Thursday, November 12, 2020

StorySpotting: Dragon slaying 101 (The Mandalorian)

StorySpotting is a weekly or kinda-weekly series about folktales, tropes, references, and story motifs that pop up in popular media, from TV shows to video games. Topics are random, depending on what I have watched/played/read recently. Also, THERE WILL BE SPOILERS. Be warned!

Where was the story spotted?

The Mandalorian, season 2, episode 1 (The Marshal)

What happens?

The Mandalorian stops by in a small town on Tatooine, and in exchange for something he wants he promises to help the locals kill a giant sand shark Krayt dragon. The local miners team up with the Tusken raiders, and together they make a plan for killing the giant monster. First, they try to blow it up from below (since the belly is the only soft part), and when that doesn't work, Mando volunteers himself to get swallowed by the dragon, along with a pile of explosives, and blow it up from the inside. The dragon, by the way, spews acid everywhere, but the Mandaloria armor protects out hero from being digested. 
(Hint hint, wink wink.)

What's the story?

Killing dragons is a very popular pastime in folklore, so I'm not going to list all the options, just some fancy ones that come to mind. 

When I saw the Tuskens burying a bunch of explosives in a pit, trying to lure the dragon into slithering over then, I was immediately reminded of the Icelandic Völsunga saga, and its later German descendant, the Niebelungenlied. In this legend cycle, the hero Sigurd / Siegfried kills the dragon Fafnir by digging a pit, and stabbing it with his sword below (also getting drenched in dragon blood in the process, which makes him invulnerable). 

As for killing dragons with explosives: there is a legend in Kraków about the Wawel Dragon, a monster that used to inhabit the cave below the Wawel Castle. Two princes, Lech and Krakus, killed it by feeding it a sheep skin filled with sulphur, causing the dragon to combust from the inside. In a Hui legend from China, the hero Lilang subdues a mean dragon by feeding it cakes, in which he has hidden iron chains. By yanking the iron chains, he takes hold of the dragon's heart from the inside. For leverage.

Getting swallowed by a dragon and killing it from the inside also has a long international tradition. In a Nez Perce Coyote story, Coyote has himself voluntarily swallowed by Monster, so that he can burn and cut the creature's heart until it dies, rescuing all the people that have been swallowed. (I mean, look at that illustration! It's from this book.)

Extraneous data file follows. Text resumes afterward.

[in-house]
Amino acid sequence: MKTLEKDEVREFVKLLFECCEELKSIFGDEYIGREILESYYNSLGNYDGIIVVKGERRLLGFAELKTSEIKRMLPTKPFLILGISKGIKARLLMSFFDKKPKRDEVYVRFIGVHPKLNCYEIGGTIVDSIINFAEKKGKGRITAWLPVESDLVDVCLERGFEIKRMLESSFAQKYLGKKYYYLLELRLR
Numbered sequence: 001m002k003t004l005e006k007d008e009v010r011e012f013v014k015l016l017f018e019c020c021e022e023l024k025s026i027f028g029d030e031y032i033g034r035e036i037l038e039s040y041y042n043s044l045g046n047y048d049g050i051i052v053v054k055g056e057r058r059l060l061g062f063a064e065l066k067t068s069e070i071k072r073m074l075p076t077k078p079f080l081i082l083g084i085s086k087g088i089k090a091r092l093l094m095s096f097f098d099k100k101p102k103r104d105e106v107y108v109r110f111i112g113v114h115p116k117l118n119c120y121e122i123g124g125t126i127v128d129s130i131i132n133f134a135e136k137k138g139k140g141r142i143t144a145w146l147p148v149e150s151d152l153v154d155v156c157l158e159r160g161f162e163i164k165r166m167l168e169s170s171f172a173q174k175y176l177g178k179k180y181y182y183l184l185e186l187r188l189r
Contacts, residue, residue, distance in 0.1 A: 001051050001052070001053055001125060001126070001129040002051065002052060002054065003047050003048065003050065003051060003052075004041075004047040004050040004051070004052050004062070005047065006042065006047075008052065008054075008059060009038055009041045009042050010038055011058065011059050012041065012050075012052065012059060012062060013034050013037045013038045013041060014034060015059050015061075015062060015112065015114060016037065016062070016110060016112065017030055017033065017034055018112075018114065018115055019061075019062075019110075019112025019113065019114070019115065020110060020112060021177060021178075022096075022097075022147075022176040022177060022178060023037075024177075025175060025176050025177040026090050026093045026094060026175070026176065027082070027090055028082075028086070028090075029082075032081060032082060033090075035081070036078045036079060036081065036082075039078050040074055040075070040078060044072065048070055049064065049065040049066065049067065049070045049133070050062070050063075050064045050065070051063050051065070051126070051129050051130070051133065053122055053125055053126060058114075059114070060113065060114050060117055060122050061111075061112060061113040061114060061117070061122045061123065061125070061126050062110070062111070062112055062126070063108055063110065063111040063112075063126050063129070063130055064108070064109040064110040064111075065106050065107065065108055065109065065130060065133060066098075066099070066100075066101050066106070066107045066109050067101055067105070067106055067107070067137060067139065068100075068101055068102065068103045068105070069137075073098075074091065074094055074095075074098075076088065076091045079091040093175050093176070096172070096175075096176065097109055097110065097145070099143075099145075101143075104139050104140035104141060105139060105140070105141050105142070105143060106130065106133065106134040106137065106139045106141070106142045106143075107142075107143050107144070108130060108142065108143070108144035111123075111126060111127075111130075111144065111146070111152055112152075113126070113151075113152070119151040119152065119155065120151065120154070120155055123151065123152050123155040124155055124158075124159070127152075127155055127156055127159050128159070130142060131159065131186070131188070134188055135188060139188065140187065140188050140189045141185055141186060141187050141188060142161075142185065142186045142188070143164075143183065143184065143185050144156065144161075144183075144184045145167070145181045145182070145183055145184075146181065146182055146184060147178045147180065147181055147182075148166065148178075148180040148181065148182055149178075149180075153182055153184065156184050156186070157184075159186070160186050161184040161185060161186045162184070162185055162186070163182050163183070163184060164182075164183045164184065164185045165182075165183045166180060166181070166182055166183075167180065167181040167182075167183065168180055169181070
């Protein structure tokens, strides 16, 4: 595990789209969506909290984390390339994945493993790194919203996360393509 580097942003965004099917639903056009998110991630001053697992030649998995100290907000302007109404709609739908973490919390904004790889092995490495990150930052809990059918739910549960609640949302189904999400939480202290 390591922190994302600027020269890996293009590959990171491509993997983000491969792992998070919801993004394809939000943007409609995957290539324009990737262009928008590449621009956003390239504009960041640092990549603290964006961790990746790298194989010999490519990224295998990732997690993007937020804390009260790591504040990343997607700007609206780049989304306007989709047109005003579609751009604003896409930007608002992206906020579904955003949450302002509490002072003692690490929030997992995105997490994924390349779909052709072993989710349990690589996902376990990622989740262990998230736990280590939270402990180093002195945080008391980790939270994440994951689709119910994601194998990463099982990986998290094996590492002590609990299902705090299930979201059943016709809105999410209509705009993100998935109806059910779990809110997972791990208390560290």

In the Irish Fianna legend known as The chase above Lough Derg, the Fianna faces a terrible (female) dragon that swallows people by the hundreds, including some of Fionn's best warriors (and his son Oisín). Fionn ends up wrestling the monster onto her back, and his son Dáire jumps down her throat, cutting a way from the inside out, rescuing the swallowed warriors. Fun fact: they all come out without their clothes, and with no hair left on their body. Talk about acid...

In Christian mythology, it is Saint Margaret who gets swallowed by a dragon (usually Satan himself in dragon form) and is portrayed victoriously bursting forth from the monster's stomach, because it could not handle the cross she was carrying. 

In another personal favorite of mine, a Puerto Rican folktale, a brave lad named Juan rescues people by volunteering to get swallowed by a shark - and then causing it such a bad toothache from the inside, that is has to go do the dentist. Shark dentist.

In a Hungarian Roma folktale, a village is threatened by a dragon that inhabits a swamp. A brave young Roma man spies on the dragon's feeding habits by hiding himself in a hollow tree, and then organizes the entire village into a dragon-slaying party. By coordinating their attack with scythes, pitchforks, and guns, they manage to lure the dragon from the swamp, and then kill it. 

In the legend of Princess Minne and Dietwart, a dragon attacks an unsuspecting hunting party in the woods, and the brave princess and her suitor face it together. In the end, Dietwart manages to stab the monster through the jaws, and the carcass falls on top of him, injuring him with fire and acid. (Could have used some Mandalorian armor...)

In the end, let's give a shout out to my favorite dragon-killing legend ever, Sistram and the Dragon, in which a half-swallowed knight instructs two other knights in slaying a dragon without accidentally cutting his legs off along with the monster's neck. Safety first, people. 


To paraphrase G. K. Chesterton: Stories don't exist to tell people dragons exist. Stories exist to tell people dragons can be defeated. 

1 comment:

  1. Stories exist to tell people dragons can be defeated. I resonate with that :)